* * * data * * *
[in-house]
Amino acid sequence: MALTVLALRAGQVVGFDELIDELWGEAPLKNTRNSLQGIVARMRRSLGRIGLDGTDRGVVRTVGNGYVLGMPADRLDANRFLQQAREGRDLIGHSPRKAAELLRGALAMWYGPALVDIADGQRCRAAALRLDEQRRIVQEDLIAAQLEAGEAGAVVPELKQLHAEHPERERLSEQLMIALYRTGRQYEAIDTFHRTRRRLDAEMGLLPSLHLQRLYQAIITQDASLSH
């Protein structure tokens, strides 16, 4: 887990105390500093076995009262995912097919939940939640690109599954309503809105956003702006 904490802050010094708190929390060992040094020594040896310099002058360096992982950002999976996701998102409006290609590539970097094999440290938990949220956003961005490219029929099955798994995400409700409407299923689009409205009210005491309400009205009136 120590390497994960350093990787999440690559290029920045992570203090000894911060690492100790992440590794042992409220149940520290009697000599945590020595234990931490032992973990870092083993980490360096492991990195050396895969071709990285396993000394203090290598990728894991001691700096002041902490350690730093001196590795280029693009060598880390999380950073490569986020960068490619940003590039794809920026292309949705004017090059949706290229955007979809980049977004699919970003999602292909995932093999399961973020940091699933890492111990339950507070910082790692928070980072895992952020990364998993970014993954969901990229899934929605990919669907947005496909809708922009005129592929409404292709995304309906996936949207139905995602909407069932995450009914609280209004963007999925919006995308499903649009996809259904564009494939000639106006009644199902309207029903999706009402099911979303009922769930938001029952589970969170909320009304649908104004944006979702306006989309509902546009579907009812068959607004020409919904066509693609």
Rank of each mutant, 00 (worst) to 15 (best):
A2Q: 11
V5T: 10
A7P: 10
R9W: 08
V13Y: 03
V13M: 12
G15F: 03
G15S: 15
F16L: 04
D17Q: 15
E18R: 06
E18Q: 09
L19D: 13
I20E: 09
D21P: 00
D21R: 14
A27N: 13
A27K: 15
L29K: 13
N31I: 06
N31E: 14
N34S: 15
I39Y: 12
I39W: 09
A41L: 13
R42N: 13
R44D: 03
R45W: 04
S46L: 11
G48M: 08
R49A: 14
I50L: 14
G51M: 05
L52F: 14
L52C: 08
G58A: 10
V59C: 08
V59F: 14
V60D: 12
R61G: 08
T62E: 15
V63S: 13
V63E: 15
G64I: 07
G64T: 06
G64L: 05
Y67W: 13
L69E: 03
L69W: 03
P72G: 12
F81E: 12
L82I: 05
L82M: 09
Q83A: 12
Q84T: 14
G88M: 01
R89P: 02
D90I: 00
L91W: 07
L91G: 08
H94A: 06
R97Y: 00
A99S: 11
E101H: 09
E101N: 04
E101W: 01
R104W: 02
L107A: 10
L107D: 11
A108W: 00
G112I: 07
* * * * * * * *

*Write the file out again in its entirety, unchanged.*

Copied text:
[in-house]
Amino acid sequence: MALTVLALRAGQVVGFDELIDELWGEAPLKNTRNSLQGIVARMRRSLGRIGLDGTDRGVVRTVGNGYVLGMPADRLDANRFLQQAREGRDLIGHSPRKAAELLRGALAMWYGPALVDIADGQRCRAAALRLDEQRRIVQEDLIAAQLEAGEAGAVVPELKQLHAEHPERERLSEQLMIALYRTGRQYEAIDTFHRTRRRLDAEMGLLPSLHLQRLYQAIITQDASLSH
């Protein structure tokens, strides 16, 4: 887990105390500093076995009262995912097919939940939640690109599954309503809105956003702006 904490802050010094708190929390060992040094020594040896310099002058360096992982950002999976996701998102409006290609590539970097094999440290938990949220956003961005490219029929099955798994995400409700409407299923689009409205009210005491309400009205009136 120590390497994960350093990787999440690559290029920045992570203090000894911060690492100790992440590794042992409220149940520290009697000599945590020595234990931490032992973990870092083993980490360096492991990195050396895969071709990285396993000394203090290598990728894991001691700096002041902490350690730093001196590795280029693009060598880390999380950073490569986020960068490619940003590039794809920026292309949705004017090059949706290229955007979809980049977004699919970003999602292909995932093999399961973020940091699933890492111990339950507070910082790692928070980072895992952020990364998993970014993954969901990229899934929605990919669907947005496909809708922009005129592929409404292709995304309906996936949207139905995602909407069932995450009914609280209004963007999925919006995308499903649009996809259904564009494939000639106006009644199902309207029903999706009402099911979303009922769930938001029952589970969170909320009304649908104004944006979702306006989309509902546009579907009812068959607004020409919904066509693609």
Rank of each mutant, 00 (worst) to 15 (best):
A2Q: 11
V5T: 10
A7P: 10
R9W: 08
V13Y: 03
V13M: 12
G15F: 03
G15S: 15
F16L: 04
D17Q: 15
E18R: 06
E18Q: 09
L19D: 13
I20E: 09
D21P: 00
D21R: 14
A27N: 13
A27K: 15
L29K: 13
N31I: 06
N31E: 14
N34S: 15
I39Y: 12
I39W: 09
A41L: 13
R42N: 13
R44D: 03
R45W: 04
S46L: 11
G48M: 08
R49A: 14
I50L: 14
G51M: 05
L52F: 14
L52C: 08
G58A: 10
V59C: 08
V59F: 14
V60D: 12
R61G: 08
T62E: 15
V63S: 13
V63E: 15
G64I: 07
G64T: 06
G64L: 05
Y67W: 13
L69E: 03
L69W: 03
P72G: 12
F81E: 12
L82I: 05
L82M: 09
Q83A: 12
Q84T: 14
G88M: 01
R89P: 02
D90I: 00
L91W: 07
L91G: 08
H94A: 06
R97Y: 00
A99S: 11
E101H: 09
E101N: 04
E101W: 01
R104W: 02
L107A: 10
L107D: 11
A108W: 00
G112I: 07